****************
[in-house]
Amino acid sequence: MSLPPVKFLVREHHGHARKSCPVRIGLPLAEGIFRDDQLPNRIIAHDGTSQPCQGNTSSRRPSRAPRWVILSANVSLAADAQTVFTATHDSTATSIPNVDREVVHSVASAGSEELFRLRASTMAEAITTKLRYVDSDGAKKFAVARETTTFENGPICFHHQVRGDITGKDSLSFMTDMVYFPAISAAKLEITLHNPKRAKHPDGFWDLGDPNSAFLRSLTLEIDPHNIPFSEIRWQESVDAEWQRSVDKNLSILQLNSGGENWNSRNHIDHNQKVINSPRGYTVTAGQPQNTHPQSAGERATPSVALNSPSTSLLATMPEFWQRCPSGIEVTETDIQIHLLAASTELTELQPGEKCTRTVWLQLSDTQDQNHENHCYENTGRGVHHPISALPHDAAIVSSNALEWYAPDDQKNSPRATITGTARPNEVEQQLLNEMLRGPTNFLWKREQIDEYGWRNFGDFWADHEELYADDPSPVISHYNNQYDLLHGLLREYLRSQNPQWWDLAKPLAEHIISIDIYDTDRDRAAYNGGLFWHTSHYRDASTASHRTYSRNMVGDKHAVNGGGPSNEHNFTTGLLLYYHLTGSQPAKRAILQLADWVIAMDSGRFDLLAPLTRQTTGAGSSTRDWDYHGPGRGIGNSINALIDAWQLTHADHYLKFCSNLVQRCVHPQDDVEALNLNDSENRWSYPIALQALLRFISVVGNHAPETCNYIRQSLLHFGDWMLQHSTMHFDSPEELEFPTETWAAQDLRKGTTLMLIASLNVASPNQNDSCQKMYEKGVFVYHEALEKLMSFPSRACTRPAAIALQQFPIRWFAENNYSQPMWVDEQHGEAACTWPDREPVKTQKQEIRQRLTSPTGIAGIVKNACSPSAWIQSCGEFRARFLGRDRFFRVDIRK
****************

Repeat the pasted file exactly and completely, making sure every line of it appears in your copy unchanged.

[in-house]
Amino acid sequence: MSLPPVKFLVREHHGHARKSCPVRIGLPLAEGIFRDDQLPNRIIAHDGTSQPCQGNTSSRRPSRAPRWVILSANVSLAADAQTVFTATHDSTATSIPNVDREVVHSVASAGSEELFRLRASTMAEAITTKLRYVDSDGAKKFAVARETTTFENGPICFHHQVRGDITGKDSLSFMTDMVYFPAISAAKLEITLHNPKRAKHPDGFWDLGDPNSAFLRSLTLEIDPHNIPFSEIRWQESVDAEWQRSVDKNLSILQLNSGGENWNSRNHIDHNQKVINSPRGYTVTAGQPQNTHPQSAGERATPSVALNSPSTSLLATMPEFWQRCPSGIEVTETDIQIHLLAASTELTELQPGEKCTRTVWLQLSDTQDQNHENHCYENTGRGVHHPISALPHDAAIVSSNALEWYAPDDQKNSPRATITGTARPNEVEQQLLNEMLRGPTNFLWKREQIDEYGWRNFGDFWADHEELYADDPSPVISHYNNQYDLLHGLLREYLRSQNPQWWDLAKPLAEHIISIDIYDTDRDRAAYNGGLFWHTSHYRDASTASHRTYSRNMVGDKHAVNGGGPSNEHNFTTGLLLYYHLTGSQPAKRAILQLADWVIAMDSGRFDLLAPLTRQTTGAGSSTRDWDYHGPGRGIGNSINALIDAWQLTHADHYLKFCSNLVQRCVHPQDDVEALNLNDSENRWSYPIALQALLRFISVVGNHAPETCNYIRQSLLHFGDWMLQHSTMHFDSPEELEFPTETWAAQDLRKGTTLMLIASLNVASPNQNDSCQKMYEKGVFVYHEALEKLMSFPSRACTRPAAIALQQFPIRWFAENNYSQPMWVDEQHGEAACTWPDREPVKTQKQEIRQRLTSPTGIAGIVKNACSPSAWIQSCGEFRARFLGRDRFFRVDIRK